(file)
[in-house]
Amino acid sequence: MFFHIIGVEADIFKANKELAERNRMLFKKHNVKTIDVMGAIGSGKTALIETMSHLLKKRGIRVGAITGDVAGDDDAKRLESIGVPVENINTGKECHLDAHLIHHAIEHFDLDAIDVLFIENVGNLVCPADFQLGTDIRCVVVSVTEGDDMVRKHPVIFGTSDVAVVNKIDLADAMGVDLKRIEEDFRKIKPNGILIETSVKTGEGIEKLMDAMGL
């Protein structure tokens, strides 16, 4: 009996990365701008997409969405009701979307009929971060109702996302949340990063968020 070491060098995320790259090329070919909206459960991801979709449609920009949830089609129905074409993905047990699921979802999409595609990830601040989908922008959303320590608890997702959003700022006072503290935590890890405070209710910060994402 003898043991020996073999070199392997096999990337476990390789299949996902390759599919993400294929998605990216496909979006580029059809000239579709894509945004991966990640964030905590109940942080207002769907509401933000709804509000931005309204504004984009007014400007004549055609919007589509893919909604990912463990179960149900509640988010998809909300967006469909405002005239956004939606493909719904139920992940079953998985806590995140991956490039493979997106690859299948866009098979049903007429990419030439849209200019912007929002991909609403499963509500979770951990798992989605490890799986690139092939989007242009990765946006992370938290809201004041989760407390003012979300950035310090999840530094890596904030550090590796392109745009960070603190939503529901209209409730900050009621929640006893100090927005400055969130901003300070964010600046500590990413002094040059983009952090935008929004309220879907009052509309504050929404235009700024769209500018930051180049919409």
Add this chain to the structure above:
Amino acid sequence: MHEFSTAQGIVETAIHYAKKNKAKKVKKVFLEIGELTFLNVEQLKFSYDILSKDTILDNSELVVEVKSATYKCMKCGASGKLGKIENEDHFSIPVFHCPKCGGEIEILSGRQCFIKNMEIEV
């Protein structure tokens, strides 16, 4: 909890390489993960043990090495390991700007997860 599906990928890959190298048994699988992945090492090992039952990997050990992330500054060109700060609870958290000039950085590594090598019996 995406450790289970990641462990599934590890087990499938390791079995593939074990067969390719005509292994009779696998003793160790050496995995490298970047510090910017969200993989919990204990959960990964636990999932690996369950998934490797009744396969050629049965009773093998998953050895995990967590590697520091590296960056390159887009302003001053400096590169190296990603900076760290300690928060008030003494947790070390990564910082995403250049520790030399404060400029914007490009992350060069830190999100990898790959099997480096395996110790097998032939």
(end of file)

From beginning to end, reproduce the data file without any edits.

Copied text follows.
[in-house]
Amino acid sequence: MFFHIIGVEADIFKANKELAERNRMLFKKHNVKTIDVMGAIGSGKTALIETMSHLLKKRGIRVGAITGDVAGDDDAKRLESIGVPVENINTGKECHLDAHLIHHAIEHFDLDAIDVLFIENVGNLVCPADFQLGTDIRCVVVSVTEGDDMVRKHPVIFGTSDVAVVNKIDLADAMGVDLKRIEEDFRKIKPNGILIETSVKTGEGIEKLMDAMGL
């Protein structure tokens, strides 16, 4: 009996990365701008997409969405009701979307009929971060109702996302949340990063968020 070491060098995320790259090329070919909206459960991801979709449609920009949830089609129905074409993905047990699921979802999409595609990830601040989908922008959303320590608890997702959003700022006072503290935590890890405070209710910060994402 003898043991020996073999070199392997096999990337476990390789299949996902390759599919993400294929998605990216496909979006580029059809000239579709894509945004991966990640964030905590109940942080207002769907509401933000709804509000931005309204504004984009007014400007004549055609919007589509893919909604990912463990179960149900509640988010998809909300967006469909405002005239956004939606493909719904139920992940079953998985806590995140991956490039493979997106690859299948866009098979049903007429990419030439849209200019912007929002991909609403499963509500979770951990798992989605490890799986690139092939989007242009990765946006992370938290809201004041989760407390003012979300950035310090999840530094890596904030550090590796392109745009960070603190939503529901209209409730900050009621929640006893100090927005400055969130901003300070964010600046500590990413002094040059983009952090935008929004309220879907009052509309504050929404235009700024769209500018930051180049919409």
Add this chain to the structure above:
Amino acid sequence: MHEFSTAQGIVETAIHYAKKNKAKKVKKVFLEIGELTFLNVEQLKFSYDILSKDTILDNSELVVEVKSATYKCMKCGASGKLGKIENEDHFSIPVFHCPKCGGEIEILSGRQCFIKNMEIEV
């Protein structure tokens, strides 16, 4: 909890390489993960043990090495390991700007997860 599906990928890959190298048994699988992945090492090992039952990997050990992330500054060109700060609870958290000039950085590594090598019996 995406450790289970990641462990599934590890087990499938390791079995593939074990067969390719005509292994009779696998003793160790050496995995490298970047510090910017969200993989919990204990959960990964636990999932690996369950998934490797009744396969050629049965009773093998998953050895995990967590590697520091590296960056390159887009302003001053400096590169190296990603900076760290300690928060008030003494947790070390990564910082995403250049520790030399404060400029914007490009992350060069830190999100990898790959099997480096395996110790097998032939």